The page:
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Travis Andrews

Travis M. Andrews is a journalist based in Washington, D.C., and New Orleans. He has written for Time, The Atlantic, Salon, Washingtonian Magazine and The Times-Picayune. He's a regular arts contributor for The Washington Post Express. When he was younger, he wrote on his mother's walls. She was displeased. For more about Travis, please visit www.travismandrews.com.

You can also follow Travis on Twitter @travismandrews. 

 
Lithium, the element that is often used as a medication to battle bi-polar disorder and to power most laptop and phone batteries, is not the most ubiquitous element on the planet. Hence the price of our batteries. Japanese researchers, though, may have discovered a way to use sugar to power batteries.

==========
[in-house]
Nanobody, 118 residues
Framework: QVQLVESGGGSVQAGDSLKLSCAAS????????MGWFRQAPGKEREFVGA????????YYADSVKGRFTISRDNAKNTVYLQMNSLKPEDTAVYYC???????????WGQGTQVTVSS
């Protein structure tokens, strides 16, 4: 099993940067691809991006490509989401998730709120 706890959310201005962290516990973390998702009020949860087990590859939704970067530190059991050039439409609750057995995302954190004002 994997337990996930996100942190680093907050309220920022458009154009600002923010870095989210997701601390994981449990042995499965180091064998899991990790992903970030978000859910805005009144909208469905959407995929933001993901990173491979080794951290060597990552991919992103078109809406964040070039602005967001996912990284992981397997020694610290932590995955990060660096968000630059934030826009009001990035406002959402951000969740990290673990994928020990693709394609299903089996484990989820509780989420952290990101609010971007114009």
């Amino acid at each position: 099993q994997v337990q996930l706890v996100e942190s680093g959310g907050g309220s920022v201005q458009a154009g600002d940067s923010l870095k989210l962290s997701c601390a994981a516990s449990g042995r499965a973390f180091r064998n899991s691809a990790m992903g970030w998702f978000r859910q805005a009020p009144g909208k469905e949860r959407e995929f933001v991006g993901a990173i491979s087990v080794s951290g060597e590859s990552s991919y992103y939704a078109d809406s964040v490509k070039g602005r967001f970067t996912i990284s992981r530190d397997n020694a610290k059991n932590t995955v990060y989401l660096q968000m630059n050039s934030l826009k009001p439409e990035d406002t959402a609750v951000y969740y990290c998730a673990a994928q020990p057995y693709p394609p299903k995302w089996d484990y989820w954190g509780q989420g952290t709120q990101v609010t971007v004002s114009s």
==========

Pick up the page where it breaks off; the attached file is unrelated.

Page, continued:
Nothing really is more fun than stopping in the middle of dinner to answer a pressing call from a telemarketer. Especially when it's a robot offering the call. Expect, of course, anything at all. The Federal Trade Commission knows this, of course, and had decided once and for all to eliminate the telemarketing robot call.
 
Dolphins are smart little buggers, and the U.S. Navy has used them, via the Marine Mammal Program, to locate underwater mines and enemy divers. They've proven incredibly adept at using their sonar to find said objects, but the Ukrainian Navy wants to test another aspect of dolphin-skill: how they do wielding weapons.
 
As anyone who owns a guitar can attest to, one of the coolest part of owning one is the origin story. Sometimes, you get air guitars that can play music, sometimes you get ones riddled with bullet holes (well, this happened to me, once), sometimes you have Jimmy Page's old axe, sometimes you print one out. Wait, what?

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